I have no doubt Sarah Lacy (I’m seeing it spelled Lacey, but L-a-c-y is how she spells it, so I assume that’s correct) is a very talented reporter, but as an on-stage interviewer, today she set the benchmark for remarkable badness. And I say that as someone who has once or twice conducted a remarkably bad on-stage interview. I also say it as someone in the audience who was sitting in awe as it was taking place. I say it as someone who gets so uncomfortable when I see people doing badly on stage, that I often have to leave the room to avoid seeing them bomb. I say it as someone who couldn’t leave the room because what was taking place was so mesmerizing in its awesome badness.
It’s not an easy job — as Sarah screamed at the audience today after finally realizing how bad the audience thought she was doing. However, it’s a job, and if you’re going to do it, you should at least understand your role.
From my rough notes of her interview of Mark Zuckerberg at South by Southwest, you can see I sensed a train wreck was occurring about two questions into the now infamously bad session. Unfortunately, the drama of the poor performance (or, better said, the dramatically poor performance) by the interviewer has drowned out anything of news value that may have been revealed by Zuckerberg.
As it is destined to become one of the most memorable horrible on-stage interviews, I thought I’d chime in with what I think took place. More importantly, I thought I’d throw in a few thoughts — and recommendations for Sarah and other on-stage interviewers (including me):
1. I disagree with the suggestion by some that the audience turned on her because of her gender. Despite her twirling of hair and flirtatious, giggling, silly manner, I don’t believe that her imitation of an airhead ditz is what angered the audience.
2. I disagree with some who have suggested that she did bad because she is not a geek. The questions she asked Zuckerberg were not the problem. Indeed, she probably asked some good questions. I guess she did — but I’m sure it was hard for him to understand the questions that were hidden somewhere in the OMG, I’m so tight with you, speak.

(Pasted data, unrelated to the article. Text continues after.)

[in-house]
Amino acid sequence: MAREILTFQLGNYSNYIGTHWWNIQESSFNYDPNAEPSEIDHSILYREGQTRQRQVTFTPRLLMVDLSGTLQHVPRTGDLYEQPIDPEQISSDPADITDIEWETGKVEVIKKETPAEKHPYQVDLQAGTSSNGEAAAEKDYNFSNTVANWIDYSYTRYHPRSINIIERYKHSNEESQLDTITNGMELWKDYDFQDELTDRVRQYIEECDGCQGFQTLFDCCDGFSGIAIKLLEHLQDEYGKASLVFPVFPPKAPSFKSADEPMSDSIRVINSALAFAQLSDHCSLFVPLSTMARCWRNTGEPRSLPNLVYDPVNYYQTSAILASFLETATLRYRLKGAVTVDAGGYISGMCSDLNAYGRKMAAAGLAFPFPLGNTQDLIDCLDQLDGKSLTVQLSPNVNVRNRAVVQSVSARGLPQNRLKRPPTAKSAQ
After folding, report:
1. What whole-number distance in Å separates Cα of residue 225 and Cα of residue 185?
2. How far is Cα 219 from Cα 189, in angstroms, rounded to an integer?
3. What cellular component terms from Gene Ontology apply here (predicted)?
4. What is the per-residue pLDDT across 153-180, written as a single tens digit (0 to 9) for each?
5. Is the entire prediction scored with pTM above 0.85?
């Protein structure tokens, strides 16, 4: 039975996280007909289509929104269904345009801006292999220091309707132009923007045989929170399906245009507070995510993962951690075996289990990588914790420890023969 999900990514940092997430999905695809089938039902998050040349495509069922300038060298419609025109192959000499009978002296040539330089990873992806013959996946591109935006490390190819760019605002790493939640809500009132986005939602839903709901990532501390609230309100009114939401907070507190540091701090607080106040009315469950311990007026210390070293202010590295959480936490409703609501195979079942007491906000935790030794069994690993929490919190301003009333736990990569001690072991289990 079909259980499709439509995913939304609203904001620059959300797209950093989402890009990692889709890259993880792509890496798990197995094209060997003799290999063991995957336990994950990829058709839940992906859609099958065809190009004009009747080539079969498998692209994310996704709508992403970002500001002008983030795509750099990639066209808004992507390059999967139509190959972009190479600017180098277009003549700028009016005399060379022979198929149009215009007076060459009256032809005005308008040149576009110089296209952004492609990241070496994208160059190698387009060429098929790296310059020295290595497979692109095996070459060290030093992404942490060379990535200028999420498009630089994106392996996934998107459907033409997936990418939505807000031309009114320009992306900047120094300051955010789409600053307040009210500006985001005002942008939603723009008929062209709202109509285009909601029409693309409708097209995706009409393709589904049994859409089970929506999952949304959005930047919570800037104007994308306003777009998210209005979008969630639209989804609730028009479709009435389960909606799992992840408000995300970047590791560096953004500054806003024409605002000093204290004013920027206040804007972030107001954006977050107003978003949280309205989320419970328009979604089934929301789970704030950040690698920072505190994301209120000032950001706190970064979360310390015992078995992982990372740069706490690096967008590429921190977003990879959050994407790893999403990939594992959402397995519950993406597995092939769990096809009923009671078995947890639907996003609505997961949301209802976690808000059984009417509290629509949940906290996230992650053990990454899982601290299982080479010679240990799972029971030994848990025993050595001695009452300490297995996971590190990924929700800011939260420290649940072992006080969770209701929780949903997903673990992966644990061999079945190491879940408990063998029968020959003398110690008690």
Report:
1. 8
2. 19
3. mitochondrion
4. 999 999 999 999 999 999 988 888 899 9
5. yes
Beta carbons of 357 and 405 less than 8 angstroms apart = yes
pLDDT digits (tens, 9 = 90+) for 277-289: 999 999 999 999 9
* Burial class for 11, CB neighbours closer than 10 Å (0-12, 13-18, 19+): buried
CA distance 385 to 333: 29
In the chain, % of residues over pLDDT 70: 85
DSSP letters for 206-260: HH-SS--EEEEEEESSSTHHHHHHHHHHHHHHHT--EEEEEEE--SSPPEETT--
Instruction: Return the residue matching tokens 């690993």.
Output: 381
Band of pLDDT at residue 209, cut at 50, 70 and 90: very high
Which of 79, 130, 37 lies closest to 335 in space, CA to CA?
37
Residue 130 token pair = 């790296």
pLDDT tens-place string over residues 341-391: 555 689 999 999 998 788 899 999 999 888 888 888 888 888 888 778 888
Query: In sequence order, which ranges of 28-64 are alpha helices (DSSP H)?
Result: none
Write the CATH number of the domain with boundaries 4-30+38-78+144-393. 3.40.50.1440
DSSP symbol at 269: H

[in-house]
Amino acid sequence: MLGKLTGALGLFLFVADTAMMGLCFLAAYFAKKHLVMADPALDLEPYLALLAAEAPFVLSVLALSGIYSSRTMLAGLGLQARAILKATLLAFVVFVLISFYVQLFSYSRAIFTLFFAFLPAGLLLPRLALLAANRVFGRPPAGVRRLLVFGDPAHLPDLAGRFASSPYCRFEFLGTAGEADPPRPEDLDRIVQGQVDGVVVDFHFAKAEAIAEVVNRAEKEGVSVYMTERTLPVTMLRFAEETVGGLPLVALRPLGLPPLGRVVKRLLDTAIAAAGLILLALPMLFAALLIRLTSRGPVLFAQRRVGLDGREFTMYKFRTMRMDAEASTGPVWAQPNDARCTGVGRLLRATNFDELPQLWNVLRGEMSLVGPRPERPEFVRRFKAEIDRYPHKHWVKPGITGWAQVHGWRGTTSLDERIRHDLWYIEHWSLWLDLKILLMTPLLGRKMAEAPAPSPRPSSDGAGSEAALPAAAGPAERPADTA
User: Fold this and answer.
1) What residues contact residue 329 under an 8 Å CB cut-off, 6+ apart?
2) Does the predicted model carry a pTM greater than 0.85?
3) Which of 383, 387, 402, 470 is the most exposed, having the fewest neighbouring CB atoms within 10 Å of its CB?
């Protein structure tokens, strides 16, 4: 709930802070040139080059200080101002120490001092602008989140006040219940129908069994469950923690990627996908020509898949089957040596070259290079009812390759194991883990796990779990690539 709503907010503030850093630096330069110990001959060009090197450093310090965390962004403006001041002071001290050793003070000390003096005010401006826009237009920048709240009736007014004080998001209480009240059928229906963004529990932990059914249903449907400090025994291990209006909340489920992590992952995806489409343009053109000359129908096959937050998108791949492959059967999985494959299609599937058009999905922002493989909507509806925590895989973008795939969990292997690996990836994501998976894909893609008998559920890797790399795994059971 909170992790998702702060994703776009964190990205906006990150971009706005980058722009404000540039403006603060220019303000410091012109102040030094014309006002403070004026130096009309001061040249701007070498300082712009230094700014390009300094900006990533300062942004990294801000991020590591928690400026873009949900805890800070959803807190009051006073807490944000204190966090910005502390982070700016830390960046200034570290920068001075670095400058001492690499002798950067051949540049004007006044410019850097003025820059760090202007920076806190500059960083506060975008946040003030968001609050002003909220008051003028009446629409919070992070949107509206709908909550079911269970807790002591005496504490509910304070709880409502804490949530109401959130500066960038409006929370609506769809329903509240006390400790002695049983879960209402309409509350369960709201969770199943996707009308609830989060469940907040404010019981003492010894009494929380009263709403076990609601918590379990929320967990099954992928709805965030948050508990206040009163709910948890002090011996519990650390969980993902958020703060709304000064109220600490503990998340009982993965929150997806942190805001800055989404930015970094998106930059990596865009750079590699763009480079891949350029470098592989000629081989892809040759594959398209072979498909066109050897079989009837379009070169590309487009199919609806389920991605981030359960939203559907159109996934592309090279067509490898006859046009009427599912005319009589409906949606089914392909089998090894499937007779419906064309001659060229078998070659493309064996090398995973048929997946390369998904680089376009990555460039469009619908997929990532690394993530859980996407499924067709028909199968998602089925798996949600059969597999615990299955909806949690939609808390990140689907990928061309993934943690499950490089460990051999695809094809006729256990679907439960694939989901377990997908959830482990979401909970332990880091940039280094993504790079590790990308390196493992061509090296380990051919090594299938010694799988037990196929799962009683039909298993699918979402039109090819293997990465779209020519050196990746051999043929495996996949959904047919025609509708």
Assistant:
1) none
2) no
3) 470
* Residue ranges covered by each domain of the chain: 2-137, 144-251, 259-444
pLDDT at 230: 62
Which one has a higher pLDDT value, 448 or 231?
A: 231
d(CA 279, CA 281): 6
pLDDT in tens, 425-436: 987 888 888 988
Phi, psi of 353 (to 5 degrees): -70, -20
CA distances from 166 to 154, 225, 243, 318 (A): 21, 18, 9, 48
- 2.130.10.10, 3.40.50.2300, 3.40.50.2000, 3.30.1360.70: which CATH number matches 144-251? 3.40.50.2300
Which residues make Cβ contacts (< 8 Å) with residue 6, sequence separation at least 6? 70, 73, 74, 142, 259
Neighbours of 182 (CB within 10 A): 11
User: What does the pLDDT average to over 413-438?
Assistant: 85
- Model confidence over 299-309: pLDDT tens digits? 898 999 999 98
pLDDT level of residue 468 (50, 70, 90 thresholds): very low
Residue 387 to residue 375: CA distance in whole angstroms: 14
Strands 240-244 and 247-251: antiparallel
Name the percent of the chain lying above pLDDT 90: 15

3. Sarah seemed to think her job was to break a story — to get Zuckerberg to say something he’d not said before. On Twitter, post-debacle, she claims she did get him to admit something or another.
4. Her first mistake was to think anyone in the audience knew who she is.
5. 24 hours earlier, Stephen Johnson, in a keynote in which he got co-billing — and deserves it as he’s a best-selling author and tech entrepreneur — nevertheless played the role of interviewer in his conversation with Henry Jenkins. In other words, everyone did care about what he might have to say, but he adroitly played the role of appreciative and curious interviewer. And what resulted was a near perfect session.
6. On-stage interviews are not where you try out the ambush, embarrassing or rude questioning techniques. It’s not where you bounce around from flirtatious first-date questions to Mike Wallace showing up at your front door questions.
7. When you are conducting an interview on stage — just like on air with a microphone — you don’t keep saying “uh-huh” and “yeah” all through the answers. Close your mouth and let the interviewee finish an answer before making any sound that will be picked up by the microphone.
8. I am writing this suggestion for myself as much as for today’s interviewer or anyone else: No one cares about how clever, witty or knowledgeable you are if that wit and knowledge drags a question out for over 20 seconds. (I may be wrong with the length, but you get the idea.)
9. Listen to the answers. Listen. Shut up. Listen. Then and only then can you ask the next question.
10. When you’ve got thousands of smart people in the audience, shut up and let them ask the questions.
11. If you bomb in front of 2,000 people and 1,500 of them have blogs and Twitter accounts, don’t try to convince them that you didn’t bomb.
12. Bombing in front of 2,000 people is, in the big scheme of things, nothing. Embrace it. Learn from it. Be glad that people now know who you are and how to spell your name.
Bonus link: Jeff Jarvis has a lecture for his students on how not to conduct and interview.